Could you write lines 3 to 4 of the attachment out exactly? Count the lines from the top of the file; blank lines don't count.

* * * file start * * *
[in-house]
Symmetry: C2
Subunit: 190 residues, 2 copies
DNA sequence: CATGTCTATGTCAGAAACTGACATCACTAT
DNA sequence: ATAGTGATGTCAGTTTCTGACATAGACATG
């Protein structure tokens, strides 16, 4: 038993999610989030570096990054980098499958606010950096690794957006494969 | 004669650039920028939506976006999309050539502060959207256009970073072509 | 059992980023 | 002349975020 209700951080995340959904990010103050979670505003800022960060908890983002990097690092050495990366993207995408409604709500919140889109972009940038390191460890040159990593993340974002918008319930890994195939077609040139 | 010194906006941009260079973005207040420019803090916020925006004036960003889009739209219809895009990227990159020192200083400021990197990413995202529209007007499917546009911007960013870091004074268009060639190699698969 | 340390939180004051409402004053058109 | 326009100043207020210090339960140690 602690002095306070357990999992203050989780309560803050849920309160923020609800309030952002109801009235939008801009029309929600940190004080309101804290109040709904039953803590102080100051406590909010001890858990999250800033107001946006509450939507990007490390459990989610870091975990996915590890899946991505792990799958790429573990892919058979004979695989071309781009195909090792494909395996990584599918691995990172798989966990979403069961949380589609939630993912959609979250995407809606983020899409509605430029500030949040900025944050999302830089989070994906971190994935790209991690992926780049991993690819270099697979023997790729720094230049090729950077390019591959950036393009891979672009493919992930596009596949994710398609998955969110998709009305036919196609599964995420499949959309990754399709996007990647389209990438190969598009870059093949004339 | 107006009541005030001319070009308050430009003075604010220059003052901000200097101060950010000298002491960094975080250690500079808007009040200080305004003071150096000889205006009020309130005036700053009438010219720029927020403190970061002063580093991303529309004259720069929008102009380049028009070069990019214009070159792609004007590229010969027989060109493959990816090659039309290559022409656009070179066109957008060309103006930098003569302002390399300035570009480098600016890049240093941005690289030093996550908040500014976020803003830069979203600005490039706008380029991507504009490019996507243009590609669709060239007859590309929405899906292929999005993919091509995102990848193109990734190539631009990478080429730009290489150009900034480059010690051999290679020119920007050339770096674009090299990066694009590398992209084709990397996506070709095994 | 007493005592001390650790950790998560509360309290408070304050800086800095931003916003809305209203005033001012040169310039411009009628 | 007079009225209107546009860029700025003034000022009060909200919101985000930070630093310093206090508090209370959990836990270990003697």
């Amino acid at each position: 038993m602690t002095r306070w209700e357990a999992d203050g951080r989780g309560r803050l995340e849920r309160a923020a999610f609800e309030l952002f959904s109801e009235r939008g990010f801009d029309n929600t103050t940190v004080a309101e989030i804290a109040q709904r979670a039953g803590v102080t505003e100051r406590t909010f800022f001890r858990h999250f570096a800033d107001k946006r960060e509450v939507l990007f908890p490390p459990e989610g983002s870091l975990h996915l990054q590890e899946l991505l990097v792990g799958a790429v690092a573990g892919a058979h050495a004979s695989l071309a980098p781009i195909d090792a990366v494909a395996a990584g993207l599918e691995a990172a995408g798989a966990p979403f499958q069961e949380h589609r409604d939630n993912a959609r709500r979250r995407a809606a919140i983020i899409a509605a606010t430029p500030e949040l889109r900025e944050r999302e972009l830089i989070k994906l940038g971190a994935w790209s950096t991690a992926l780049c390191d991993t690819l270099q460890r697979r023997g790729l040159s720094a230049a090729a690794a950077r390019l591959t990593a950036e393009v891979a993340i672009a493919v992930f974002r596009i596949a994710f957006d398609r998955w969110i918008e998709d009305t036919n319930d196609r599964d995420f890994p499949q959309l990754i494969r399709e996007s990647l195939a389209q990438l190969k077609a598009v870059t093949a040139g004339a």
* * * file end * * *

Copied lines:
Subunit: 190 residues, 2 copies
DNA sequence: CATGTCTATGTCAGAAACTGACATCACTAT